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Apr 9, 2012 5:12 PMPublication: The Southampton Press

Local Firefighters Rush To Help In Brookhaven Brush Fire

Apr 11, 2012 1:12 PM

Firefighting crews from throughout the East End were pressed into service to help battle creeping brush fires that swept across hundreds of acres of pine barrens and other forested areas in Brookhaven Town on Monday afternoon and Tuesday, sending billows of smoke into the sky that were visible on the East End and offered grim reminders of the 1995 “Sunrise Wildfire.”

Driven eastward by northwesterly winds from the edges of the sprawling Brookhaven National Laboratory property, where the fire started, the flames toasted more than 1,000 acres of wild brushlands by Tuesday afternoon, and was still burning. With winds gusting more than 30 mph on Monday afternoon, the fire spread quickly, and Suffolk County emergency services coordinators called in help from nearly every department in Suffolk County, especially those that own brush trucks—specialized vehicles outfitted to bust through dense thickets and woods that regular fire trucks cannot access.

The East End’s departments all have the burly brush trucks and quickly sprang into action. Crews from nearly every local department responded to the county staging area in Yaphank. Those departments that didn’t go west were ordered to stand by, ready to respond to the heightened fire threat locally. Monday was a “red flag” fire warning day, the highest level of concern for the outbreak of brush fires, thanks to the high winds and lack of rain in recent weeks.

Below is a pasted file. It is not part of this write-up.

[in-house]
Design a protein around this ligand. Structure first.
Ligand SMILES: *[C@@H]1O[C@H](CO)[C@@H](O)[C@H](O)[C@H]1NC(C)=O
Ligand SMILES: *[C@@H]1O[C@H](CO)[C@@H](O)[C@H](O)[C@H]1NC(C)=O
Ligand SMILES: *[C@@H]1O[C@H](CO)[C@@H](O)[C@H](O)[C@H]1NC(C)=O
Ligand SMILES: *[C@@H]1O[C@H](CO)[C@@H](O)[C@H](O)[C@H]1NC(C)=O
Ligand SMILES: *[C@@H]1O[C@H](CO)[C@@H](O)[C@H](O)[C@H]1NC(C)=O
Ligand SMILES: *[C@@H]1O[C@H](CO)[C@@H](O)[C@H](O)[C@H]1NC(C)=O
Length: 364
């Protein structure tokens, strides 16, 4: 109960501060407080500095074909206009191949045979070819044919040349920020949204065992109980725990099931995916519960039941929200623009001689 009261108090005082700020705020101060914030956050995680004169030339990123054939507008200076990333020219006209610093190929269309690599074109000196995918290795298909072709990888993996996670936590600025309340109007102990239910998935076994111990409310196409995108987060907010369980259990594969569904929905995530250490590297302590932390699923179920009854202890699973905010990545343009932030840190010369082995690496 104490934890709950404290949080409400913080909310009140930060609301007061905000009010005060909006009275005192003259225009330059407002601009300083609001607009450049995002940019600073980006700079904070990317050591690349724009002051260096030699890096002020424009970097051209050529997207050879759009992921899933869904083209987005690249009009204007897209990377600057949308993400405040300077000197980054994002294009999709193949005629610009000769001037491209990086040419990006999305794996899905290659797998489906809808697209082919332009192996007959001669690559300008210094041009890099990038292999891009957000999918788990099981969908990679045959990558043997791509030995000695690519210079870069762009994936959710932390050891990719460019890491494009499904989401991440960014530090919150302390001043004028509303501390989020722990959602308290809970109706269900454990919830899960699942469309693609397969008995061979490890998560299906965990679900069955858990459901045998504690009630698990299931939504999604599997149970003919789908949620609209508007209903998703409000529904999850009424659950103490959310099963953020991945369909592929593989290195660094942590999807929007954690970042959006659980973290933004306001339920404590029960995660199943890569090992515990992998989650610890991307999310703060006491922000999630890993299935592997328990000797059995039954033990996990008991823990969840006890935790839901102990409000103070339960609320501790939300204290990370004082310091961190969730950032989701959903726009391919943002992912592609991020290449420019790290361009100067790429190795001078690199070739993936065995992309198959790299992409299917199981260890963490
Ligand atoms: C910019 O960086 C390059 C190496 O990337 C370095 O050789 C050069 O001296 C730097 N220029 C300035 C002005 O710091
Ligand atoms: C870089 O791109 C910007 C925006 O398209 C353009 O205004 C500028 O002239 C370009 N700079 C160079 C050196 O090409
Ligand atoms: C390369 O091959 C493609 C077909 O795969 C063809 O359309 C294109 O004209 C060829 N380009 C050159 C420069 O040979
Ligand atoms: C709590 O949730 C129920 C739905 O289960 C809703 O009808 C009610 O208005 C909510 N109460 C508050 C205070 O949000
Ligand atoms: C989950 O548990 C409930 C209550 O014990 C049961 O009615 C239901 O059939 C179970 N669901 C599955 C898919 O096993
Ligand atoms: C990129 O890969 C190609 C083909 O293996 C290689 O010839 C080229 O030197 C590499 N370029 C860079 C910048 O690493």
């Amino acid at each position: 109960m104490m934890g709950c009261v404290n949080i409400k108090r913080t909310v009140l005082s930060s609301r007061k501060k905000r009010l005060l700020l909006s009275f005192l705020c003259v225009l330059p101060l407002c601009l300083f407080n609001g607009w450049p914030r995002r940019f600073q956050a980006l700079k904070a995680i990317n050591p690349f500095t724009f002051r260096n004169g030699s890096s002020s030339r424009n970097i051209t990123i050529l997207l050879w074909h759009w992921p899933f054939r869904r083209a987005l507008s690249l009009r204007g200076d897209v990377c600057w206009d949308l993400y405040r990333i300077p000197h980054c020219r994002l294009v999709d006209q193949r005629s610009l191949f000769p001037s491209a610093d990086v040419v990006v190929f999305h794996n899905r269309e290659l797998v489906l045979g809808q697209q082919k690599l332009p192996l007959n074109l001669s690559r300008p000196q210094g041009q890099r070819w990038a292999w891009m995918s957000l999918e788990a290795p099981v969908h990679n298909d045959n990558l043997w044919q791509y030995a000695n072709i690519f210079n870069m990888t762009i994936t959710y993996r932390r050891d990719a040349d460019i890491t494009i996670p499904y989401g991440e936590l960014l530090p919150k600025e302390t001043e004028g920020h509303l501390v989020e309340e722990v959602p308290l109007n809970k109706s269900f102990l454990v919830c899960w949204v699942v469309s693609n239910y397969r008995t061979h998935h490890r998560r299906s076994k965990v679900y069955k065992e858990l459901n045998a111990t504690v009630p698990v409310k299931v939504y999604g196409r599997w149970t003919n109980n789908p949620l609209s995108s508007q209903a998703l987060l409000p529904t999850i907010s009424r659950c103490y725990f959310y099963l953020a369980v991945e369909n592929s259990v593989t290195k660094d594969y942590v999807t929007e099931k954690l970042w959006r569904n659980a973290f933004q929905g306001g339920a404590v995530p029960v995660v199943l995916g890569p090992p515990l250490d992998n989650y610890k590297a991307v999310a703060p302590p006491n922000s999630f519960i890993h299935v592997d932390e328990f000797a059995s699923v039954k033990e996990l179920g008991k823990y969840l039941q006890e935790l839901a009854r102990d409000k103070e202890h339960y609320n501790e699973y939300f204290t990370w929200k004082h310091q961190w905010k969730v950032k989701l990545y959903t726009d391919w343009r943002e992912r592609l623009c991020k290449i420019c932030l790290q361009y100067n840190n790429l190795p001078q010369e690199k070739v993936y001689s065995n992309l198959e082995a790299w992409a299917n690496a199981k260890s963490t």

“This fire is pretty big,” North Sea Fire Department Chief Joe Ambrose said on Tuesday morning. “They did a hell of a job last night—I think maybe one house might’ve gotten burnt.”

Southampton Fire Chief Chip Pierson said that good coordination and teamwork between the more than 30 departments that sent crews to the fire from around Suffolk County helped keep the fire in control, even as it continued to spread. Teams of brush trucks from as many as six different departments would enter a wooded area together, clearing their own paths through the trees, to attack areas of the fire, Mr. Pierson said.

“That’s how you go into the woods, you stay together—there were some large bodies of fire in there,” he said. “We run 1,000 gallons of water in our truck, so that gets you about 20 minutes of firefighting, then you have to go out and refill and go back in. There’s a lot of moving in and out, so coordination is very important.”

The county coordinator for the division of brush trucks that Southampton’s crews were in was Mr. Pierson’s predecessor, former chief Buddy Wines.

Three firefighters from the Manorville Fire Department were hospitalized, one with first- and second-degree burns to his face and hands, after the fire suddenly spread very rapidly and engulfed their lone brush truck early on Monday afternoon.

As of Wednesday morning, county coordinators declared the fire to be completely extinguished, having burned more than 1,000 acres in Manorville and Ridge.

The Southampton Fire Department sent 20 firefighters to the scene of the fire on Monday. Many other departments sent their crews in two shifts to relieve those firefighters who had been battling the blaze for hours.

“We sent a brush truck and a tanker, 11 guys in the first shift at [3:50 p.m.] and, at about 8:15, I called for another 11 guys to be sent up to relieve the first group,” East Hampton Fire Department Chief Ray Harden said. The East Hampton fire crews were accompanied by the brush truck and tanker crews from the Amagansett, Springs and Bridgehampton fire departments as well, Chief Harden said.